Another online vendor is cutting off its customers by shutting down its music store and effectively shutting down the music it sold. This time it's Wal-Mart, the huge retailer that just couldn't make it in selling digital tracks.
Wal-Mart is following several others, including Yahoo and Sony, that sold music with copy protections, or digital rights management (DRM). To keep playing their music, customers had to move their accounts or copy the songs as MP3s to CD.
Wait, I'm confused. Doesn't burning the songs to disk defeat the purpose of rights management? Is Wal-Mart telling us to break the rules? It suggests, as Boing Boing reports:
"...we strongly recommend that you back up your songs by burning them to a recordable audio CD. By backing up your songs, you will be able to access them from any personal computer.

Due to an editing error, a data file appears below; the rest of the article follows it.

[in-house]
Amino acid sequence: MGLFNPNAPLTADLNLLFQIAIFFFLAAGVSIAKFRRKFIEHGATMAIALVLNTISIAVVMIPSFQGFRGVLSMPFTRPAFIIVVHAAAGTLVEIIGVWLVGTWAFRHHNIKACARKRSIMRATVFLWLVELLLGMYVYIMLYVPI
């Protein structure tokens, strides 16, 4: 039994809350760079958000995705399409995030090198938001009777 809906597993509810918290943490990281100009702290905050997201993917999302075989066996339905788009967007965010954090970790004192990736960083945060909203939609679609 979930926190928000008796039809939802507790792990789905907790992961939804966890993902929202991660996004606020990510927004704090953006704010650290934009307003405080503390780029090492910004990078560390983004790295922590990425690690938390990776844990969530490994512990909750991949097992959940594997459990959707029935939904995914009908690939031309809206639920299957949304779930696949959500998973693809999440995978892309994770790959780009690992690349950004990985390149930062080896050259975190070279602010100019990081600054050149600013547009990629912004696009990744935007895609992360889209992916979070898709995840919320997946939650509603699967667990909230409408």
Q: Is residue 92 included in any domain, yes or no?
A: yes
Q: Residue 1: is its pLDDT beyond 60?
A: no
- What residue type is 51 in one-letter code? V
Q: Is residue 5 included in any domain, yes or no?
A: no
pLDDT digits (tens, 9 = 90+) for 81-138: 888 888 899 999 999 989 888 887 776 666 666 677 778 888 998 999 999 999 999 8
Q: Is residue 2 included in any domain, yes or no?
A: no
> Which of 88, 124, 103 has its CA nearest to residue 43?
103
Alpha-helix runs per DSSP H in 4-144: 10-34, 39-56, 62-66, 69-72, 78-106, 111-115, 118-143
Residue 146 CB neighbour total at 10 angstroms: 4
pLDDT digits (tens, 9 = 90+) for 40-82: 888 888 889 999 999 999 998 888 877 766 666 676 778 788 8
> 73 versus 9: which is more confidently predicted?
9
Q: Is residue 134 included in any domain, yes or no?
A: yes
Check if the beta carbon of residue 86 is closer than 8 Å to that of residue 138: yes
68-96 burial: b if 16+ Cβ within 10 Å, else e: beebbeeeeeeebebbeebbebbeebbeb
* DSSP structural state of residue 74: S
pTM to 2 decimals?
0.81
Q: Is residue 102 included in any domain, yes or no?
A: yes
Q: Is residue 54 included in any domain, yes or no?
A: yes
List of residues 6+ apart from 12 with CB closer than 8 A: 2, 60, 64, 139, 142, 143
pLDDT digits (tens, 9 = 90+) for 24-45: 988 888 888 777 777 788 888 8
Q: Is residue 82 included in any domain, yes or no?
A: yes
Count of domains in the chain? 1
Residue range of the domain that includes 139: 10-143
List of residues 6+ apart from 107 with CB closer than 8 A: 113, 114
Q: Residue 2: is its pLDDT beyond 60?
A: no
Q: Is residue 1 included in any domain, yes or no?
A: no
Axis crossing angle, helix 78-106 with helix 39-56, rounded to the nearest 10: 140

The good news is that legal digital downloads increasingly come without copy protections, such as those sold by Amazon. In fact, writes Rob Pegoraro in the Faster Forward blog:
...we're almost out of DRMed music-download stores. Napster and Rhapsody now sell only MP3 downloads but still have DRM servers up for older purchases. And, of course, Apple's iTunes still offers about half of its catalog only in DRMed, non-"iTunes Plus" form—avoid that half of its inventory and buy those songs off a DRM-free store like Amazon's MP3 site instead.